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Effort begins to open a homeless shelter for men

Homeless — Operators of McMinnville-based Better Choices Counseling Services hope to begin helping an underserved population in town by mid-2014


As the proprietors of Better Choices Counseling Services, an outpatient substance abuse facility based in McMinnville, Dell and Linda Miller have seen how homeless men tend to fall through the cracks of a system that lacks federal funding, especially in small cities and towns, and prioritizes women and children.

With 57 years working in the field of addiction between the two of them, the Millers have seen how connected the two problems are and have therefore felt well positioned to help fill that gap.

As a result, the married couple has long hoped to establish a facility in Newberg and now hopes to bring the Agape Homeless Shelter for Men to life as early as the middle of 2014.

“I believe we need at least eight beds in this community,” Dell Miller said. “Single men are the No. 1 population that lacks services for homelessness.”Dell Miller

A Level II certified alcohol and drug counselor (CADC II), Dell Miller handles the counseling side of Better Choices, while his wife oversees the business side of the operation.

Five years ago, the pair established a nonprofit group, Addictions Recovery Solutions, that would open the door to establishing a shelter, but had been too involved in other projects to begin laying the ground work on the shelter until July.

The vision for Agape not only calls for the provision of meals and housing, but at the same time will act as a hub to connect the homeless with the resources they need to get back on their feet. Better Choices will be made available to clients for drug and alcohol counseling, but the intention is to connect them to a variety of organizations to gain access to numerous services, from job skills training, GED assistance and money management to family support services, community mentors and case management.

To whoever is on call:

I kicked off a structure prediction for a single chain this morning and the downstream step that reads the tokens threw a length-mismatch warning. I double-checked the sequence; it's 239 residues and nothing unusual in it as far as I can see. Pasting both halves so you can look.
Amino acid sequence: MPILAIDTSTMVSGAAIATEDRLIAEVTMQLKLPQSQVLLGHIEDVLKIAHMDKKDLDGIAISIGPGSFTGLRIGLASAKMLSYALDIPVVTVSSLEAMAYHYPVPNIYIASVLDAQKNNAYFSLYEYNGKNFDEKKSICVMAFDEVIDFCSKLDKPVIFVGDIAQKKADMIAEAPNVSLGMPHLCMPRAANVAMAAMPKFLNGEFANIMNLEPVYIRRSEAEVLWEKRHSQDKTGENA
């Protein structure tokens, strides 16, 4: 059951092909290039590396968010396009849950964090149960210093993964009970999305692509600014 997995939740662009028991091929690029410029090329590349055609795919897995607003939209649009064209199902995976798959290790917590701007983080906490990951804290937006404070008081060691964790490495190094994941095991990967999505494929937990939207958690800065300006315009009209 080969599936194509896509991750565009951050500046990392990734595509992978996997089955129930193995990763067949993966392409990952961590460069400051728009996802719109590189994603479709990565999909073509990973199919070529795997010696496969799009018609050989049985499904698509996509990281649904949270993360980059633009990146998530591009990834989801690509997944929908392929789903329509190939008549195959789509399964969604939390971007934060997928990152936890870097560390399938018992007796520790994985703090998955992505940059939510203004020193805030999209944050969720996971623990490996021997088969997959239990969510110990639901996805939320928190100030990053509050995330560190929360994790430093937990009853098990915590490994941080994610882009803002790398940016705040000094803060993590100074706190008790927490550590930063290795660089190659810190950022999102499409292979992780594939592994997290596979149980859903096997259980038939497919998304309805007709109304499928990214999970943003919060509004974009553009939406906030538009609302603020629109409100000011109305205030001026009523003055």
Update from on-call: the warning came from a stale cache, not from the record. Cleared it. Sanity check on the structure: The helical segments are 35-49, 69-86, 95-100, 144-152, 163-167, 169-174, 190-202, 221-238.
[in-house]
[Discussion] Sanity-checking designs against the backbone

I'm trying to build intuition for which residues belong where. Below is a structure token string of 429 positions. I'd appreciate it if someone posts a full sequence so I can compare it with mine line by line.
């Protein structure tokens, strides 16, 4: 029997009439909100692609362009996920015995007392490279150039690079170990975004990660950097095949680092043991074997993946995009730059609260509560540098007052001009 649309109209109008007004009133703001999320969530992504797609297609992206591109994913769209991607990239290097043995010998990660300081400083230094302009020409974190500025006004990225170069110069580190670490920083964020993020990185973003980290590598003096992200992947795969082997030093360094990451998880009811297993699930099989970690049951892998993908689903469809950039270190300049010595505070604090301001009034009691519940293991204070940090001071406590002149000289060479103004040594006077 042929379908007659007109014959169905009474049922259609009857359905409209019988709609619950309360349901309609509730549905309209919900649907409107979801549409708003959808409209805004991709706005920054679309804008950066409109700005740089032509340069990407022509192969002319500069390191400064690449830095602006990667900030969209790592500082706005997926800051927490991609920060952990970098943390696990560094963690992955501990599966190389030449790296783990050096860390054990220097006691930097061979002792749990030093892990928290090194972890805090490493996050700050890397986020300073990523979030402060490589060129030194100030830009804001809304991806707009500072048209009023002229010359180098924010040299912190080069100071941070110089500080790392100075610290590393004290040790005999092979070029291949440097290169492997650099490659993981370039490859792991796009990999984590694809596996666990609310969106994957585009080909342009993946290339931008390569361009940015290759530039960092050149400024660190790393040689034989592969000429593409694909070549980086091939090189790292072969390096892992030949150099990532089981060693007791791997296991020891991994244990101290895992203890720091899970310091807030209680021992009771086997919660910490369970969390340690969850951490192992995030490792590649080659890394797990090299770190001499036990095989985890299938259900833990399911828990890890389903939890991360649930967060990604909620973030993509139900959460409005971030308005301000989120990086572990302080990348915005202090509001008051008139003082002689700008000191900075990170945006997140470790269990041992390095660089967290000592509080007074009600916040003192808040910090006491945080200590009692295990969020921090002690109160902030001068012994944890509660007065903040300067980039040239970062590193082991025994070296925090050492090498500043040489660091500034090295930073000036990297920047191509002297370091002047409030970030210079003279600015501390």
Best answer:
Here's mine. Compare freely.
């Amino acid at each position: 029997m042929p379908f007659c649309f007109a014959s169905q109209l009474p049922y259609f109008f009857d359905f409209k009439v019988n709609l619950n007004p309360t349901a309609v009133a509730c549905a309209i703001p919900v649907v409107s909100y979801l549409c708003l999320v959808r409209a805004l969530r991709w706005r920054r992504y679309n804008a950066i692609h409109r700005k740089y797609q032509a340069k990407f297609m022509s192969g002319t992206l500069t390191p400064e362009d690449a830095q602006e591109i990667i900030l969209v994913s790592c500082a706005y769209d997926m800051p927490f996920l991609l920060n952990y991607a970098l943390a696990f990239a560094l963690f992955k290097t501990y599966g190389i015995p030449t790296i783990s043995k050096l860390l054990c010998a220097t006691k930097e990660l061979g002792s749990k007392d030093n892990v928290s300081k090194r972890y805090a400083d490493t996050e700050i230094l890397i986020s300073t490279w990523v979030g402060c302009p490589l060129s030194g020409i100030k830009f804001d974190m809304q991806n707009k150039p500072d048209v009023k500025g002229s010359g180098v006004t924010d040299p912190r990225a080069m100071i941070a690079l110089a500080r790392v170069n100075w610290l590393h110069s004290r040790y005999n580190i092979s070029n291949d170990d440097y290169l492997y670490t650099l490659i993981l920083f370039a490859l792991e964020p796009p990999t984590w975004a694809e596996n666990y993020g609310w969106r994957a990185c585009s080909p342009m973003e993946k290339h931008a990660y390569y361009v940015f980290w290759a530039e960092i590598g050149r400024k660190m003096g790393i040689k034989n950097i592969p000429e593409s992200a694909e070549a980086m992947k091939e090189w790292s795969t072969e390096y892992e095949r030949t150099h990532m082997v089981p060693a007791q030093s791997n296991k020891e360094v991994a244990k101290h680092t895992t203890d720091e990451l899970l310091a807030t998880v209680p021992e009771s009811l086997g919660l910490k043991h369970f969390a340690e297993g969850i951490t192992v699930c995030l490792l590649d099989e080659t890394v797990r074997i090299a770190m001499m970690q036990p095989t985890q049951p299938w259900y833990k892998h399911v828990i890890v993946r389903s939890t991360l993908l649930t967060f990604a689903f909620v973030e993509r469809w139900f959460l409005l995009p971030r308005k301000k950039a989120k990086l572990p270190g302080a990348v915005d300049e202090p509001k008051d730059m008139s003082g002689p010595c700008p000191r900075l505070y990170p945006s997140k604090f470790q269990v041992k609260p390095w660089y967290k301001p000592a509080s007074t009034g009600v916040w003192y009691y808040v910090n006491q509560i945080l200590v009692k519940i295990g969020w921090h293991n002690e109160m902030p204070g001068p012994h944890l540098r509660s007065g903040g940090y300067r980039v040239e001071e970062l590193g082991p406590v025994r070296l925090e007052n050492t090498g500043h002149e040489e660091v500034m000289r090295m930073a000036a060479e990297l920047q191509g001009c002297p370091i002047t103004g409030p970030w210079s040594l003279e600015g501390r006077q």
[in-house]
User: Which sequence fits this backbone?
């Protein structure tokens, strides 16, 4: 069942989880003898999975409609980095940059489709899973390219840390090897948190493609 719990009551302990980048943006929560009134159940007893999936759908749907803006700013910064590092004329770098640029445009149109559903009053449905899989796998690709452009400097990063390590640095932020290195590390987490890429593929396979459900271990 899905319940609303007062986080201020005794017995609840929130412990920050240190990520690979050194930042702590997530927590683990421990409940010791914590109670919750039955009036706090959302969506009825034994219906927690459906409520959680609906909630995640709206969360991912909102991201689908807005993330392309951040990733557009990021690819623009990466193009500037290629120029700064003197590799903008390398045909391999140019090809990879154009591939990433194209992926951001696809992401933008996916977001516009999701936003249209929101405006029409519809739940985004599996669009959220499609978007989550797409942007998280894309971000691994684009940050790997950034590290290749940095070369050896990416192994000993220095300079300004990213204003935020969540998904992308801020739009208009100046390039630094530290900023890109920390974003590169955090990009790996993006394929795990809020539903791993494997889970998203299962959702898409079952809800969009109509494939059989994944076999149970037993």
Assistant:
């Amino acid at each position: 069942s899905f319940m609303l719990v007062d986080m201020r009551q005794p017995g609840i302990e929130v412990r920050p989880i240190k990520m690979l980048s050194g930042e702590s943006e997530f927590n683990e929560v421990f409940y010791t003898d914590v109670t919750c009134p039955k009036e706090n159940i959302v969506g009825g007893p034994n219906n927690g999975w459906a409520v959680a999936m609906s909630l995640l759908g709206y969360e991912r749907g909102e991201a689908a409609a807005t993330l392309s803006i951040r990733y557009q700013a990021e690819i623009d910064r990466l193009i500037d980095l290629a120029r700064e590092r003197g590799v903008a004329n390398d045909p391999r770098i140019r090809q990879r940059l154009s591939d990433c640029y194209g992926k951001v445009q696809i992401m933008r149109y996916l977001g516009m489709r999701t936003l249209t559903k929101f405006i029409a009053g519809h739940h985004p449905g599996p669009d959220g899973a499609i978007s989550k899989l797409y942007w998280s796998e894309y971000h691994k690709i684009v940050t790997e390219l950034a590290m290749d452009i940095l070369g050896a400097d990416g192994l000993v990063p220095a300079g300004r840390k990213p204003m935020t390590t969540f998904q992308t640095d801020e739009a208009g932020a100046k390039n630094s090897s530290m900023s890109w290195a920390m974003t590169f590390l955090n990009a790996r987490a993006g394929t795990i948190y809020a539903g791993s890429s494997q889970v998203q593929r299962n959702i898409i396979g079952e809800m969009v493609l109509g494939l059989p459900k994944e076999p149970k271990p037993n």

Establishing relationships with service providers, like Yamhill County Mental Heath for counseling for example, is one of the main fronts on which the Millers hope to make progress in the next several months.

Another will be securing licensing for the shelter and the Better Choices office in Newberg, which was originally licensed as a satellite branch 12 years ago, but has been limited in the scope of services it can offer since state law was changed, requiring each office to be individually licensed.

Acquiring funding will also be a challenge, but unlike the majority of small-town shelters, according to Miller, Agape will not be operated by a church or religious organization and therefore will be eligible for federal funds, most of which will cover start-up fees and possibly aid in the purchase of a building to house the shelter.

Although a Christian himself, Dell Miller employs a scientific and humanistic approach to substance abuse treatment. In fact, Addictions Recovery Solutions was originally formed to help the Millers distribute their book, “12 Steps Unlocked,” which explores the scientific foundations of 12-step programs, for free to homeless shelters across the country.

Building a base of volunteers to help run Agape is another priority that must be addressed before Agape can come online, but Dell Miller says he is confident the project will come to fruition.

In addition to calling upon their own experience in working with the homeless population pro bono and previously under the Oregon Health Plan, which no longer covers the homeless, the Millers are being advised by former Yamhill County Gospel Rescue Mission manager Cheryl Blevins, who is researching various state and federal grant programs for them while she finishes her work on a degree.